What got the judge’s goat seems to be the actual goat’s nasty habit of going into the garden in the judge’s residence and chewing up his flowers and foliage. What the goat had against the judge has not been mentioned by the media that reported it leaving one wondering at the state of the media today. A compassionate judge, as he appears to be, would have pardoned a goat munching a flower or two in his garden. But it seems this four-legged creature was making a habit of annoying the judge, which of course, is a fatal thing to do. So the judge who happened to be a Judicial Magistrate – and a First Class one too – contacted the local police which immediately arrested the goat who found himself on the horns of a dilemma (he actually had a lovely pair of horns), if one might put it like that, because it found itself in a police station which is not the safest place to be in as Sri Lankans are quite aware from experience.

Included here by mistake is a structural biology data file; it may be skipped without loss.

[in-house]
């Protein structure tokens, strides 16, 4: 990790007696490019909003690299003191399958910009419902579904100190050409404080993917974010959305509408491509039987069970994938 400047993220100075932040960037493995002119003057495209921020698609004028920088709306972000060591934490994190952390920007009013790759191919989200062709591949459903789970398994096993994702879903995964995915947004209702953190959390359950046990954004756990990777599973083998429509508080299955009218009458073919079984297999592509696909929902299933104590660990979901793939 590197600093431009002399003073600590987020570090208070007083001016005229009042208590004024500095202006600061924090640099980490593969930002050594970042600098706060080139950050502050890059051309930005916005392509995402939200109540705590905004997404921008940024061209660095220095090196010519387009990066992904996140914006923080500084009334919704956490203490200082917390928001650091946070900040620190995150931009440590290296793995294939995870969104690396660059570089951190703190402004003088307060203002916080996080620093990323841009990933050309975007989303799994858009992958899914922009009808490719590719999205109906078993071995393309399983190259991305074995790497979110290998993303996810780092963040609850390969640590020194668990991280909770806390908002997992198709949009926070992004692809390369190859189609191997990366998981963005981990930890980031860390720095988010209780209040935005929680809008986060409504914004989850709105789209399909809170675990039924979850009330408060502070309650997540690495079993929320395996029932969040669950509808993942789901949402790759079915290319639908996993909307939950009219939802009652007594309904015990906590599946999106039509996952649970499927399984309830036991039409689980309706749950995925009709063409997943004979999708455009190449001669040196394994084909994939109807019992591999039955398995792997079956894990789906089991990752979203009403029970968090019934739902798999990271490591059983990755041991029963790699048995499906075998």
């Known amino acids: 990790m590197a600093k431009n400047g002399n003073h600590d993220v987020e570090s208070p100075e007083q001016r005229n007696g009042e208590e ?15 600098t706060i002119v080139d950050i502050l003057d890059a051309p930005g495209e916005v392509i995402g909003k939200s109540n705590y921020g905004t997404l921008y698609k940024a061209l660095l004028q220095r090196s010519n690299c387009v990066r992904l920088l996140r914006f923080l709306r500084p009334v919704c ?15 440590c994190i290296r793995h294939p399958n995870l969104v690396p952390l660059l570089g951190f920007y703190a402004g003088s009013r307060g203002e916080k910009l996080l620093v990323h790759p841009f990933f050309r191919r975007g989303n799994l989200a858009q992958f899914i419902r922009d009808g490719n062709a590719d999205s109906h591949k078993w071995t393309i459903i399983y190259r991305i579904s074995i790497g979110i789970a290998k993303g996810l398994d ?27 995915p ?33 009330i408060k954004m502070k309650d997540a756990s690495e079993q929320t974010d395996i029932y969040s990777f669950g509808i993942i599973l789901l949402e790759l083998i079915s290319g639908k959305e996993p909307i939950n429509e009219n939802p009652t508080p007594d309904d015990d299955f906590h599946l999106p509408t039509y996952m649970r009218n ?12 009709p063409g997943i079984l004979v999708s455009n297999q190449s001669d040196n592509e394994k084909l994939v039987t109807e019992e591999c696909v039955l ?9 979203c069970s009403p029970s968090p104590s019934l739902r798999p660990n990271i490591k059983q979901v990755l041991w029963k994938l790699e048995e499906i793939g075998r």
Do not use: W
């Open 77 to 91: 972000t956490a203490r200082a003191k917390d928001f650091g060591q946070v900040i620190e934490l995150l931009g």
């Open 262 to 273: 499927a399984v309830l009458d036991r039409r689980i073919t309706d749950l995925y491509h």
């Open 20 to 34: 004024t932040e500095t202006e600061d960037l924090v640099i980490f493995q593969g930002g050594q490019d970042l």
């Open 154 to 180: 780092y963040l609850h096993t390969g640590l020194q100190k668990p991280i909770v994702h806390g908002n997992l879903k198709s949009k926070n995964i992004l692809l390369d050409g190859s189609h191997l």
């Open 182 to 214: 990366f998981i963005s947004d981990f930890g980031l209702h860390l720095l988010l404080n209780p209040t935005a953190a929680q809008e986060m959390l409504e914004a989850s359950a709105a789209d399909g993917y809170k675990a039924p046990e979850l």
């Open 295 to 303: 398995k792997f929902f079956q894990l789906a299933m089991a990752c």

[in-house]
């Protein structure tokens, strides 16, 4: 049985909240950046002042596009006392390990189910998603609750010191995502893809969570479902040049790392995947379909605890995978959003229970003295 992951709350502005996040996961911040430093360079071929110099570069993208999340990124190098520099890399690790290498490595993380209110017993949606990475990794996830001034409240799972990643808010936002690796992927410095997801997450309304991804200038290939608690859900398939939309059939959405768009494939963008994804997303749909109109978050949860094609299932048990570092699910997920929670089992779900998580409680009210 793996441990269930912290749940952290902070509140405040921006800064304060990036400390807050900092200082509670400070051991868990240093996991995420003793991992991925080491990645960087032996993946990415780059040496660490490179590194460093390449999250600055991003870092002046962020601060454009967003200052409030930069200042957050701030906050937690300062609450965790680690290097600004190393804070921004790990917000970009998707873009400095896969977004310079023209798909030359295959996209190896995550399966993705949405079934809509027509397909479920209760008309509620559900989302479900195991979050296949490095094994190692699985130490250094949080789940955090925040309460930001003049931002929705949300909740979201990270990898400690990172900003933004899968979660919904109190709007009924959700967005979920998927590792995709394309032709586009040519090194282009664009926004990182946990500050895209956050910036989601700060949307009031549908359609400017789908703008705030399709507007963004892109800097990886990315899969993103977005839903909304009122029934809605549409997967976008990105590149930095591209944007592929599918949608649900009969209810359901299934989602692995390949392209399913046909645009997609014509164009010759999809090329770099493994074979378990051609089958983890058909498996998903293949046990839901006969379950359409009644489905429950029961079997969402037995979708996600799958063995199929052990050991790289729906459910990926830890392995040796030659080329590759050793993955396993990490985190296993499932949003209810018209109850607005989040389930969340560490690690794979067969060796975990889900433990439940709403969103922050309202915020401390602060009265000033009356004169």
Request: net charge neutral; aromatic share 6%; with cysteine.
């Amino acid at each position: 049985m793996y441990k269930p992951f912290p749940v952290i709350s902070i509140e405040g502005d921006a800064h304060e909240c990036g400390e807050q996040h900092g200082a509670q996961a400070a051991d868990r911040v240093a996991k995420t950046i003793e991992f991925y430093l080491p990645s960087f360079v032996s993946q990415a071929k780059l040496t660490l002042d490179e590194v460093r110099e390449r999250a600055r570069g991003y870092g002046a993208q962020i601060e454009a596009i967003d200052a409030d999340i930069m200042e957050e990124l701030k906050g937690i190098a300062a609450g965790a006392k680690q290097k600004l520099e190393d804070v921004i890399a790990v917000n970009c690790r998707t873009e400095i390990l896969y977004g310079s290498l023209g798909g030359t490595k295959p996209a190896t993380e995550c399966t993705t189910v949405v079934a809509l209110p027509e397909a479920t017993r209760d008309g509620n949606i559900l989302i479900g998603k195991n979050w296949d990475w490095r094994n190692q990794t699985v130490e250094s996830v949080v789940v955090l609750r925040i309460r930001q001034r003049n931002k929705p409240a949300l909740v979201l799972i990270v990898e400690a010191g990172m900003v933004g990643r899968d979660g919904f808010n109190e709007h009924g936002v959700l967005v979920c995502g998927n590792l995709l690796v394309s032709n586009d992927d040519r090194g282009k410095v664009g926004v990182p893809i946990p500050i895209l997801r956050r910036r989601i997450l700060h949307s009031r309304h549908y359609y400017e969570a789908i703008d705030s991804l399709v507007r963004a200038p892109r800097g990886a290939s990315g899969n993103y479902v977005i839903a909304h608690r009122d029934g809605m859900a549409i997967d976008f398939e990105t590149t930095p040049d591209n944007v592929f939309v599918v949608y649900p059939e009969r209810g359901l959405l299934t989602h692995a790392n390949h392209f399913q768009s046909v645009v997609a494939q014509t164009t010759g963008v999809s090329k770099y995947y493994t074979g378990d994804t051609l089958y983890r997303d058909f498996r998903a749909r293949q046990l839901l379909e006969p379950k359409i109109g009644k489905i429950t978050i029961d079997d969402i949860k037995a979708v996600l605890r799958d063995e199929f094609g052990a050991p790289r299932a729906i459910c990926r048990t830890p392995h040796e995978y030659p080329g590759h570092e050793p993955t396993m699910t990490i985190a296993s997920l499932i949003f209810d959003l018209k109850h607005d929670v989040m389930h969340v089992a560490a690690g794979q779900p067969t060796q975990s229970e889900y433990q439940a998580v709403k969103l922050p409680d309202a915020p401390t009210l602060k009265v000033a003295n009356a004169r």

Anyway the enterprising police found the goat’s owner named Abdul Hasan and brought him along to the station where he was charged on two counts of criminal trespass and mischief causing damage to the judge’s garden. Leave alone trespassing poor Hasan had not even touched the judge’s vegetables.

But the law in its wisdom calls this vicarious liability. Vicarious it would have been if Hasan’s liability was a two-legged one instead one on four legs. But when it comes to unraveling the intricacies of the law, how many legs one has hardly matters. What one needs is a leg to stand on, legally speaking.